DeKALB – The city council moved forward Monday with a tentative consensus on a 2018 property tax levy that would ensure homeowners’ taxes won’t go up unless their property has been assessed at a higher value in the past three years.
During Monday’s Committee of the Whole meeting, Molly Talkington, city finance director and interim city manager, presented the council with the most up-to-date overview of three tax levy options.
Option one is to stick with current policy and levy the full dollar amount. The second, recommended by the Finance Advisory Committee, is to use other stable funding resources to levy the tax. The council is leaning toward the third option: to stay with the same tax rate and capture projected growth in full.
“It’s frustrating to go through this every year,” 1st Ward Alderman David Jacobson said about the tax levy process. “The reason is because we’re acting outside of our existing fund balance policy.”
Jacobson said the current policy is “best practice” and would use the entire levy, but “the reality is it’s effectively impossible without a massive tax increase that I think would be very difficult to sell to the community.”
He added that while he thinks residents should be paying more taxes for services required in the community, he would “certainly support” giving clear direction to the FAC and council regarding policy change that allows growth to be captured each year.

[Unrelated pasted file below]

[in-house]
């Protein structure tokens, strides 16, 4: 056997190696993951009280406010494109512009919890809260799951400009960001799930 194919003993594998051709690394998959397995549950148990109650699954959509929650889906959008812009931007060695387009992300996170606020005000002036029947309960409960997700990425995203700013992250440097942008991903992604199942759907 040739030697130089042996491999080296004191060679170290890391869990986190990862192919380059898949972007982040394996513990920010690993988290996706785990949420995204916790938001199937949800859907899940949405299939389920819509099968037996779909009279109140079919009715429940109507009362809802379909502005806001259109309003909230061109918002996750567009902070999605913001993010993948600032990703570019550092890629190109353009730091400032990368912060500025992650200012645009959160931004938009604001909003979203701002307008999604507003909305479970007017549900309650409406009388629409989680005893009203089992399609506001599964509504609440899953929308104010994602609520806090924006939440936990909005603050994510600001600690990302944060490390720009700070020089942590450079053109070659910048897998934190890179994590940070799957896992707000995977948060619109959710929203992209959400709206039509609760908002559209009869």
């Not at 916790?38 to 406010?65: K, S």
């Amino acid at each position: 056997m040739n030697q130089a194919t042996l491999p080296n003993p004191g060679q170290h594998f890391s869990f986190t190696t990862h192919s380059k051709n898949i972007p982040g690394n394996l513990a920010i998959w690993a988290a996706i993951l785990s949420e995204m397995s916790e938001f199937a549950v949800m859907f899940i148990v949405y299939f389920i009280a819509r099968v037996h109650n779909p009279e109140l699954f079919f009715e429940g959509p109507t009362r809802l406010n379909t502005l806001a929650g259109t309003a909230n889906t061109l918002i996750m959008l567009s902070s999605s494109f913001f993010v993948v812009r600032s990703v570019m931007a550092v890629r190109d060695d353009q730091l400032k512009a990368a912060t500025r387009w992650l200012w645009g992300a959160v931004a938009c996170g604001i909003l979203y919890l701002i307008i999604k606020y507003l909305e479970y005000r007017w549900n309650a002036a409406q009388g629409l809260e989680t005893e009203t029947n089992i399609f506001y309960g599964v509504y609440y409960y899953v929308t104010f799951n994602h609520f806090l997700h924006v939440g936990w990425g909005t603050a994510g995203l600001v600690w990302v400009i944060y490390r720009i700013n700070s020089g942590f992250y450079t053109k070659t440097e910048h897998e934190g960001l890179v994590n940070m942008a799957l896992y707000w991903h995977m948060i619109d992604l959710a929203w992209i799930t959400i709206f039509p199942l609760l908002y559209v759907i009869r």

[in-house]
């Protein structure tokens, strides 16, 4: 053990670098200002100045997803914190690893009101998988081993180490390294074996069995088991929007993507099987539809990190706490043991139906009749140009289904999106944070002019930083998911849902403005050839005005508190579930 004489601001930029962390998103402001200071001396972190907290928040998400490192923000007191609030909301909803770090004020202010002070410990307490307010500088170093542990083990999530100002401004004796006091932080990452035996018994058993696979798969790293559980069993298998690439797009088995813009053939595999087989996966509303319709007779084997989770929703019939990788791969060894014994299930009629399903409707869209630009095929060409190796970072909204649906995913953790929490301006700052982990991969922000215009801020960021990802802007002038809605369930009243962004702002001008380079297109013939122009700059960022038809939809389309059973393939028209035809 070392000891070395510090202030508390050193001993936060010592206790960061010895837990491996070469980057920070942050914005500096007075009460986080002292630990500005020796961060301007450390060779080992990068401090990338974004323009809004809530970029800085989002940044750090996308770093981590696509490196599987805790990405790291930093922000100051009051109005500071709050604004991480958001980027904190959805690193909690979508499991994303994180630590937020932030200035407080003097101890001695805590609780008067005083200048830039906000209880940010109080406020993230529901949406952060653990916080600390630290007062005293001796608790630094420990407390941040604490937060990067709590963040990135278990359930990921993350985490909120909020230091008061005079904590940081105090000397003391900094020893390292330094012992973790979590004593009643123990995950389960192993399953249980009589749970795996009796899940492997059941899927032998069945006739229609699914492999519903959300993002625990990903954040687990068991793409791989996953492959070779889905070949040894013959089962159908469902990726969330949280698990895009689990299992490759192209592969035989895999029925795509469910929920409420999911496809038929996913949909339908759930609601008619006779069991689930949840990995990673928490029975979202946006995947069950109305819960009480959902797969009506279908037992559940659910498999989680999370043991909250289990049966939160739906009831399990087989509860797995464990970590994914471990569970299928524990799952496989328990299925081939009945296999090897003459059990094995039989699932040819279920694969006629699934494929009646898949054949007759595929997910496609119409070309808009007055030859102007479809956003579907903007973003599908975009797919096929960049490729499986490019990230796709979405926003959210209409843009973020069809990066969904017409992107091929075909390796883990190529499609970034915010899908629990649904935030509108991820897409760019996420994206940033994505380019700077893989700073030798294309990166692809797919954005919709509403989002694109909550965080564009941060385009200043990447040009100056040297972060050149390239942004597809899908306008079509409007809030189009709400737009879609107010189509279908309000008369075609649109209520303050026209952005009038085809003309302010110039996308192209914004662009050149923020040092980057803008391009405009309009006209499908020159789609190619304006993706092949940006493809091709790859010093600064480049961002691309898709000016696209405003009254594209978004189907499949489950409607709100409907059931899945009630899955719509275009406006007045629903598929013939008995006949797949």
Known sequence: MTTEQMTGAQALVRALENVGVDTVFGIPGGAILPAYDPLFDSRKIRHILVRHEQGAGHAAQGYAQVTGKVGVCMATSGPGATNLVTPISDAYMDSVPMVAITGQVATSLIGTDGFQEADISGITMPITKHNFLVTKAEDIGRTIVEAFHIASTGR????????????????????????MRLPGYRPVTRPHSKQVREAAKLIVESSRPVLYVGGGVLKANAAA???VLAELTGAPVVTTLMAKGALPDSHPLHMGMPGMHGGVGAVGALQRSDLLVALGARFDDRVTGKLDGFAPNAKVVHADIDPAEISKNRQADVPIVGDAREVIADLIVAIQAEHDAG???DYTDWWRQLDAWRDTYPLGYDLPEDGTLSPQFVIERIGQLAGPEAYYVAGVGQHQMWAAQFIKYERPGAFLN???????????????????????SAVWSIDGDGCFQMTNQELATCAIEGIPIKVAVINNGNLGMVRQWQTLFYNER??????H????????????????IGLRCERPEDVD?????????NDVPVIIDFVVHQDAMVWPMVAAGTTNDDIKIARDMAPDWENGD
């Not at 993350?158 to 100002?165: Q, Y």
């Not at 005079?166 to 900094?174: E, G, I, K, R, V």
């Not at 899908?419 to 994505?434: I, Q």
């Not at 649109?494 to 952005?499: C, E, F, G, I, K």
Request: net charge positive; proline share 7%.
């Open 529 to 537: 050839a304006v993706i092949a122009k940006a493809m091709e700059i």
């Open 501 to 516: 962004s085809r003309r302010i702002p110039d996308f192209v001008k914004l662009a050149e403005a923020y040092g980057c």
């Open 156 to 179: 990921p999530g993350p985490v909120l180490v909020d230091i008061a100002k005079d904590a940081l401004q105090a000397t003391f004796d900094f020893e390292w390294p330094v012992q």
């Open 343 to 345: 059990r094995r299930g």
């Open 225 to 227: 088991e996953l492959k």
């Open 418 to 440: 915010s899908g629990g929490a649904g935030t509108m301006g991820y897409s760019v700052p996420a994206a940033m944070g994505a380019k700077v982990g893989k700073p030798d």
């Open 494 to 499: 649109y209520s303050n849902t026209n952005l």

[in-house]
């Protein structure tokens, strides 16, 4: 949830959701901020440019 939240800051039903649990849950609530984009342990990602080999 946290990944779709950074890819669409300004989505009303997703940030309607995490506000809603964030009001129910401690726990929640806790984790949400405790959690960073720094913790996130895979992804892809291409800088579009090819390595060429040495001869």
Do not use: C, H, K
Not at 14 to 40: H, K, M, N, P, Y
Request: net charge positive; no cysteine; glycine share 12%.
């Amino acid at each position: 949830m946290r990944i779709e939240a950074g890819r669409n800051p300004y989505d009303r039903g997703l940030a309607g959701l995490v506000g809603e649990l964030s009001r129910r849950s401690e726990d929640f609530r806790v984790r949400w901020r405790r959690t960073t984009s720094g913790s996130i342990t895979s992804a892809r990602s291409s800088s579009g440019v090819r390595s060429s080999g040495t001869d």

The FAC-recommended option would collect pilot money from the city’s water fund – captured through charges to water bills – which is currently being funneled into the general fund, and include caveats for the pilot money to be used for the city’s pension fund.
The logic for that option is that the city has other, more stable revenue sources to help pay for pension funds, as well as address the city’s budget deficit, which sits at $1.67 million.
Fifth Ward Alderwoman Kate Noreiko said the FAC should be better utilized, and cautioned against tying the city to any policy for a long period of time.
“It doesn’t account for any potential emergency situations – though
I realize in some ways we’re in [one],” she said.
Mayor Jerry Smith addressed ongoing concerns from residents regarding tax increases.
“Believe me, I hear that,” he said. “But I’m also looking at the deficit, and I’ve had more people around the community say, ‘We can’t cut here, we can’t cut there,’ but we need to address the deficit.”
The council moved forward with consensus to pursue the third option, pending further discussion that could involve researching ways to combine the second and third options. Talkington will take the council’s consensus on the third option back to the Finance Advisory Committee, which meets at 6 p.m. Wednesday, and will bring any FAC recommendations back to the council for next Tuesday’s budget workshop.